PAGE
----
As has frequently been the case in recent years, Friday was the night the lights went out for a bank in Georgia. This time it was Montgomery Bank and Trust, a two-branch bank with $174 million in assets. The bank failed and was taken over by America Bank.
Friday, July 6, was the first Friday in three weeks that a bank failed. The time off from chronicling the woes of the banking industry has given us a chance to step back and look at some trends in financial failure. For some time, it has been clear that, while pain persists in the credit markets — especially when it comes to housing — the rampant financial failure that crippled the system and the economy in 2008 and 2009 has been ebbing. As a general rule, people are doing a much better job keeping up on their financial obligations than they were a few years ago. Bankruptcy filings are down. In the first quarter of 2012, there were 332,973 filings in federal bankruptcy courts, a 12 percent decline from the 366,178 filings in the first quarter of 2011.
Real Signs of Improvement
That's not bad. But when it comes to keeping up with their credit card debt, American consumers have shown real signs of improvement. Cardhub.com aggregates data on credit card losses. Its most recent study shows that the delinquency rate on credit cards in the first quarter of 2012 fell to 3.11 percent, a sharp decline from 3.89 percent in the first quarter of 2011, and the lowest such total in the history of its time series, which goes back to 1991.
The charge-off rate — the amount of bad debt companies have to write off as uncollectable — lags the delinquency rate by a few quarters. And that metric has fallen sharply, too, from 10.16 percent in the first quarter of 2010 to 4.37 percent in the first quarter of 2012. The charge-off rate is the lowest it has been since the halcyon days of the fourth quarter of 2007. Lenders had to write off $8.77 billion in bad credit card debt in the first quarter of 2012. That's a lot, but it's far below the peak. In the second quarter of 2010, companies wrote off a whopping $21.97 billion in bad credit card debt. As David Henry of Reuters reports, these trends mean "credit cards could be one of the few bright spots in an otherwise rough second quarter for big banks." The reason: When delinquency and charge-off rates fall, banks can release funds that had been set aside as reserves against bad debt, thus improving their earnings.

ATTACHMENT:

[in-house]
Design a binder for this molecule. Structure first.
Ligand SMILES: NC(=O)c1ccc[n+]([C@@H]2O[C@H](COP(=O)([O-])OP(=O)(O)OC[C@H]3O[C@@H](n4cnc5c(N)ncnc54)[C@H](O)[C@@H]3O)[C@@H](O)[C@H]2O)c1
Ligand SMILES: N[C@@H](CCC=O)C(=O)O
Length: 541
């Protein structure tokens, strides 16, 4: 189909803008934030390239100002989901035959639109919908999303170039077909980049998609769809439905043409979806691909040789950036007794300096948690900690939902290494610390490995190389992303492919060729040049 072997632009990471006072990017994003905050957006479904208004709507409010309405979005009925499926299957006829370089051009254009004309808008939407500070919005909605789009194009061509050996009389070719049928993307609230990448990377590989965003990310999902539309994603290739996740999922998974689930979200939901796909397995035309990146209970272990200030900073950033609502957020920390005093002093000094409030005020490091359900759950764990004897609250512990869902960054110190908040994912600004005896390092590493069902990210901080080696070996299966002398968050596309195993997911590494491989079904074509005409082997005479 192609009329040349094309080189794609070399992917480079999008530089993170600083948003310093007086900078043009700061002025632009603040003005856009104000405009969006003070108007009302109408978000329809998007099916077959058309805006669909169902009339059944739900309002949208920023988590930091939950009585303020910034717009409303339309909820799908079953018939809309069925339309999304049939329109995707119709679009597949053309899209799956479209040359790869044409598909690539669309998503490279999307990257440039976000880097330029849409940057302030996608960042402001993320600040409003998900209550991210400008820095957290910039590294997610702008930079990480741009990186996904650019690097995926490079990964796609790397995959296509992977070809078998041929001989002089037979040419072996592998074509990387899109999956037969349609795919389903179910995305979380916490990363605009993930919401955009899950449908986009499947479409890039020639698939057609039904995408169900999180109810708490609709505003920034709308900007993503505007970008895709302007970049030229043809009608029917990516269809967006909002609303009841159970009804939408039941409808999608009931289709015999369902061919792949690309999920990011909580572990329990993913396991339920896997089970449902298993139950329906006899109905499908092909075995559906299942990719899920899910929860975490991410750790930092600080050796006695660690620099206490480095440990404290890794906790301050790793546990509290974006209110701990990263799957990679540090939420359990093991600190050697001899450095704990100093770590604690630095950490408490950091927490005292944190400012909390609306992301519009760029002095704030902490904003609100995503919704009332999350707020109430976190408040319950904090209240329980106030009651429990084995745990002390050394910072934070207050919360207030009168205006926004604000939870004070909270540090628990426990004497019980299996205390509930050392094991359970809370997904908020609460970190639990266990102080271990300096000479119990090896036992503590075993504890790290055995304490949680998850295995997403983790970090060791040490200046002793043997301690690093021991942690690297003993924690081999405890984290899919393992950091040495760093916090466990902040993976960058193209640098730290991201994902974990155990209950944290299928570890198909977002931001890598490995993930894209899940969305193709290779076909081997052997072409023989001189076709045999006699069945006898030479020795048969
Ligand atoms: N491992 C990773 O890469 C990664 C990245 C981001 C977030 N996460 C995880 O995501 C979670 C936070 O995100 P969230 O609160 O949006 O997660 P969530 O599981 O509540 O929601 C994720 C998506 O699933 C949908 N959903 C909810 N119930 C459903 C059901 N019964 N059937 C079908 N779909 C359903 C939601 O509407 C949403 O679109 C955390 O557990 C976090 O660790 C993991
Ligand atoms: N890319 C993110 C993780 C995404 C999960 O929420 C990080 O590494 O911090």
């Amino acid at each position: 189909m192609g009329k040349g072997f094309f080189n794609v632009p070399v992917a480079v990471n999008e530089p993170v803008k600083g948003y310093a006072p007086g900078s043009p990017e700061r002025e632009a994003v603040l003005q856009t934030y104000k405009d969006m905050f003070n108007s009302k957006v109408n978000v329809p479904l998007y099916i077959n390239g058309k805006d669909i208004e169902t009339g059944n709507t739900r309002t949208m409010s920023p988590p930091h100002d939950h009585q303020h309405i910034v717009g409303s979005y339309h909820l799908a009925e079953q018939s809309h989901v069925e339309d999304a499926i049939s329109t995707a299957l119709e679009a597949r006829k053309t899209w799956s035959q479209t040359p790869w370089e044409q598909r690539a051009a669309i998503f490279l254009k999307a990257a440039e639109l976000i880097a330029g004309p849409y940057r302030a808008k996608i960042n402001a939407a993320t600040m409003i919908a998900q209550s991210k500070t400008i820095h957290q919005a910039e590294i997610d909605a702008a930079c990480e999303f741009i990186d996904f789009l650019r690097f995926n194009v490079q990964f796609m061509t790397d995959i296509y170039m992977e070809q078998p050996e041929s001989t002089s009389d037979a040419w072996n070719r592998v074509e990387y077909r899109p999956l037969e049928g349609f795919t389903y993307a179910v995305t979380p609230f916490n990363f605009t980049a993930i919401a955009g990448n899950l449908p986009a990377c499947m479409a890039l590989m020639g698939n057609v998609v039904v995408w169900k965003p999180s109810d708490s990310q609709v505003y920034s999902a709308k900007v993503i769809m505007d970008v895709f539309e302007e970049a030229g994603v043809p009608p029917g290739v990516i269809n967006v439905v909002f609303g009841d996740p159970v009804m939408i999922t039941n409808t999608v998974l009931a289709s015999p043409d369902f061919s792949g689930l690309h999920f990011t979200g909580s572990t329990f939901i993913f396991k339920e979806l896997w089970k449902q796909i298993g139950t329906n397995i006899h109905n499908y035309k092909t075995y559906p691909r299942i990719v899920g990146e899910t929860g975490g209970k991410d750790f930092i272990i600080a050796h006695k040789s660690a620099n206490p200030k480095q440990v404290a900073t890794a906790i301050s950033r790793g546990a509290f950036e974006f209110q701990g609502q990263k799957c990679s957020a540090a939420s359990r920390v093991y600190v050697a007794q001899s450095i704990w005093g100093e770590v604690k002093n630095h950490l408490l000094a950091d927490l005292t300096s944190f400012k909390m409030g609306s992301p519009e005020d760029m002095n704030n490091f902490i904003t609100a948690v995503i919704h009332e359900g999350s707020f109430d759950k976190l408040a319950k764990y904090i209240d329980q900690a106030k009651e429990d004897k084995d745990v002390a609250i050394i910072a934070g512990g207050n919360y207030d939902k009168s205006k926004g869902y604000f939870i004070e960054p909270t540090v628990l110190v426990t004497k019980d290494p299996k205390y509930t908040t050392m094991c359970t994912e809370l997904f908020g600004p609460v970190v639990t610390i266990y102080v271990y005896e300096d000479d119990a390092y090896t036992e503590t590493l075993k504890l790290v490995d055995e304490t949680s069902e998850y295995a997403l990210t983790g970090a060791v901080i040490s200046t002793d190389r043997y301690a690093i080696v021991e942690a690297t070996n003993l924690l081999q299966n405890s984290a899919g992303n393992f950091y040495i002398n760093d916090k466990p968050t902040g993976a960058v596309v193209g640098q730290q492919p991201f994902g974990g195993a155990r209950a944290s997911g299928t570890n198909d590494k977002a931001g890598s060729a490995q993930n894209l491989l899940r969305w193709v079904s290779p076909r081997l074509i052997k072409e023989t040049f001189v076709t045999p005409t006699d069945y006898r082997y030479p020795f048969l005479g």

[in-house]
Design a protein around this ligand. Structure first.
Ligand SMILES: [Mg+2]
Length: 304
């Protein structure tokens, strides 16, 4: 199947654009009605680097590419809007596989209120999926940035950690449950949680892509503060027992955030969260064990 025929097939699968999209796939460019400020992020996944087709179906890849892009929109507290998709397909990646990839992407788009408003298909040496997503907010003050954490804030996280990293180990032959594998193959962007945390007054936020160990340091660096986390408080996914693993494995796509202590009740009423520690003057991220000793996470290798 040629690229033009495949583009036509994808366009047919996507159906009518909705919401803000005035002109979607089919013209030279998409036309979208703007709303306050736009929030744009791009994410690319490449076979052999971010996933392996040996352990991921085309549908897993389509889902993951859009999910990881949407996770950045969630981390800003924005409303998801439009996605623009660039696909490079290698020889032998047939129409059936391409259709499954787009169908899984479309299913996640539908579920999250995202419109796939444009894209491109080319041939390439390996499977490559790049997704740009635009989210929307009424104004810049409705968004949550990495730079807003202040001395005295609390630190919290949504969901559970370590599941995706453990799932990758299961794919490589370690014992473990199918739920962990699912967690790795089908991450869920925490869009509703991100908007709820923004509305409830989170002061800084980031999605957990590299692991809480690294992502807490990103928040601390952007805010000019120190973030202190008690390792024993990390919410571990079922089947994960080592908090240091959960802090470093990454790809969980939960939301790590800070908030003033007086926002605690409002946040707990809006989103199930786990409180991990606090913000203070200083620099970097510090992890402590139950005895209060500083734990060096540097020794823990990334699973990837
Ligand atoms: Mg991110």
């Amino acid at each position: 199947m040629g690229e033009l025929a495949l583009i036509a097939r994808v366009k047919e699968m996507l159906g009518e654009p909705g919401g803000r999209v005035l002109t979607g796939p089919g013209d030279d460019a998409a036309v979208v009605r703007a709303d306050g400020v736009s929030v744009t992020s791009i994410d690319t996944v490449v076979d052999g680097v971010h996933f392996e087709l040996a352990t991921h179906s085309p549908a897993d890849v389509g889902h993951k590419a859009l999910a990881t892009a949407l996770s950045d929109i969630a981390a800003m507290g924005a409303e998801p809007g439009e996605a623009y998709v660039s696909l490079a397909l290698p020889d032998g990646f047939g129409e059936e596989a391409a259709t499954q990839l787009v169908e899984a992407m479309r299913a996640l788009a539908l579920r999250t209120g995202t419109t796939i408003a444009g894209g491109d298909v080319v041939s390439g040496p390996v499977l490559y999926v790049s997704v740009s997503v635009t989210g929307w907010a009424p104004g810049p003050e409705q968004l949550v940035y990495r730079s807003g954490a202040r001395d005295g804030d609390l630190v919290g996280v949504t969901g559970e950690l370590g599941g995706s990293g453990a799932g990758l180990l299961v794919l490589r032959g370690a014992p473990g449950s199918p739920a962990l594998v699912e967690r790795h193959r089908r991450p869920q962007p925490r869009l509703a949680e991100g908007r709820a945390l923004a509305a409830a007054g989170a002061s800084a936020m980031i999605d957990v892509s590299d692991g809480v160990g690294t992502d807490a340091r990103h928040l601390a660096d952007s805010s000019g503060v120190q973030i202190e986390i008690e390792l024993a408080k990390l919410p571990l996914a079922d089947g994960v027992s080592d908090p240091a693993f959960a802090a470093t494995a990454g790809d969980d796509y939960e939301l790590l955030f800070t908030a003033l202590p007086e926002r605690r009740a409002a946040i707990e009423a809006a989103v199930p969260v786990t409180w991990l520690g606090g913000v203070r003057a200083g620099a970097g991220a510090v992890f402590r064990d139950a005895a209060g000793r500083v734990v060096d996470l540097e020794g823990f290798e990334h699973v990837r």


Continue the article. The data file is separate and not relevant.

Now let's turn our attention back to the banks. With the first half of 2012 now in the books, it is clear that bank failures are continuing to trend sharply down. In the first 27 weeks of this year, 32 banks with a combined $7.88 billion in assets failed. That's high by historical standards. But for comparison's sake, in the first 27 weeks of 2011, 51 banks with a combined $22.435 billion in assets failed. So the number of institutions that have failed so far this year is down 37 percent. And because the typical bank that is failing in 2012 is smaller than the typical bank that failed in 2011, the underlying assets affected by the failures are down by 65 percent from the comparable period in 2011.
Pockets of Continuing Crisis
Of course, that's not to say there aren't pockets of continuing crisis. Take housing, for example. Overall, home borrowers are doing a better job keeping up with payments. According to the Mortgage Bankers Association of America, the seasonally adjusted delinquency rate on home loans fell to 7.4 percent in the first quarter of 2012, down from 7.58 percent in the fourth quarter of 2011, and down from 8.32 percent in the first quarter of 2011. That's good news. But in the post-bust era, the Federal Housing Administration has stepped into the void left by failed mortgage lenders, playing a bigger role and assuming more risk by taking on loans with low down payments. And as Tami Luhby at CNNMoney.com reports, that is translating into higher losses for the government agency.
Daniel Gross is economics editor at Yahoo! Finance.
Follow him on Twitter @grossdm; email him at firstname.lastname@example.org.